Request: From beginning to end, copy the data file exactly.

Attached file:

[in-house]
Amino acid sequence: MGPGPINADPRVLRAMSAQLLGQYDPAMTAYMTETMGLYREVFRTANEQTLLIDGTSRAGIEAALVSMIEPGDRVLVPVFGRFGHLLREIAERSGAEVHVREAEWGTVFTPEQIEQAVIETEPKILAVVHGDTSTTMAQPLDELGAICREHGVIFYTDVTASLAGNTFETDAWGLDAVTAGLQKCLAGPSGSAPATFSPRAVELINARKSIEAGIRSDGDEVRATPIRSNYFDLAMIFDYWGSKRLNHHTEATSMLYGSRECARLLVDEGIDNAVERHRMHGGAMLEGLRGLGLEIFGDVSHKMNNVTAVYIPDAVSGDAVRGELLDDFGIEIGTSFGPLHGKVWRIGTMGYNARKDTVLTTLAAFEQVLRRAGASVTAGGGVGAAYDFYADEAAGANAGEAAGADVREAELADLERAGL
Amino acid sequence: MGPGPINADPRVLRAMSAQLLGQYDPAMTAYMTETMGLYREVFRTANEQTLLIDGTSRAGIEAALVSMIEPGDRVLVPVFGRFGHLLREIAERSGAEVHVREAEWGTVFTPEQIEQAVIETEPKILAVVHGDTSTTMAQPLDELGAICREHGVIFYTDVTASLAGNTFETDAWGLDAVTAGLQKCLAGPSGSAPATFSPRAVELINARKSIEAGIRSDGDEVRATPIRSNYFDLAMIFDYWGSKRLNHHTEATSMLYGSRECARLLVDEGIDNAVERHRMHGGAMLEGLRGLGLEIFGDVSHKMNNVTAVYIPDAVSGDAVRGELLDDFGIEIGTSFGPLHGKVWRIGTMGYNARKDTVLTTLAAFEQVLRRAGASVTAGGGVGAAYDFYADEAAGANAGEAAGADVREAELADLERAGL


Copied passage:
[in-house]
Amino acid sequence: MGPGPINADPRVLRAMSAQLLGQYDPAMTAYMTETMGLYREVFRTANEQTLLIDGTSRAGIEAALVSMIEPGDRVLVPVFGRFGHLLREIAERSGAEVHVREAEWGTVFTPEQIEQAVIETEPKILAVVHGDTSTTMAQPLDELGAICREHGVIFYTDVTASLAGNTFETDAWGLDAVTAGLQKCLAGPSGSAPATFSPRAVELINARKSIEAGIRSDGDEVRATPIRSNYFDLAMIFDYWGSKRLNHHTEATSMLYGSRECARLLVDEGIDNAVERHRMHGGAMLEGLRGLGLEIFGDVSHKMNNVTAVYIPDAVSGDAVRGELLDDFGIEIGTSFGPLHGKVWRIGTMGYNARKDTVLTTLAAFEQVLRRAGASVTAGGGVGAAYDFYADEAAGANAGEAAGADVREAELADLERAGL
Amino acid sequence: MGPGPINADPRVLRAMSAQLLGQYDPAMTAYMTETMGLYREVFRTANEQTLLIDGTSRAGIEAALVSMIEPGDRVLVPVFGRFGHLLREIAERSGAEVHVREAEWGTVFTPEQIEQAVIETEPKILAVVHGDTSTTMAQPLDELGAICREHGVIFYTDVTASLAGNTFETDAWGLDAVTAGLQKCLAGPSGSAPATFSPRAVELINARKSIEAGIRSDGDEVRATPIRSNYFDLAMIFDYWGSKRLNHHTEATSMLYGSRECARLLVDEGIDNAVERHRMHGGAMLEGLRGLGLEIFGDVSHKMNNVTAVYIPDAVSGDAVRGELLDDFGIEIGTSFGPLHGKVWRIGTMGYNARKDTVLTTLAAFEQVLRRAGASVTAGGGVGAAYDFYADEAAGANAGEAAGADVREAELADLERAGL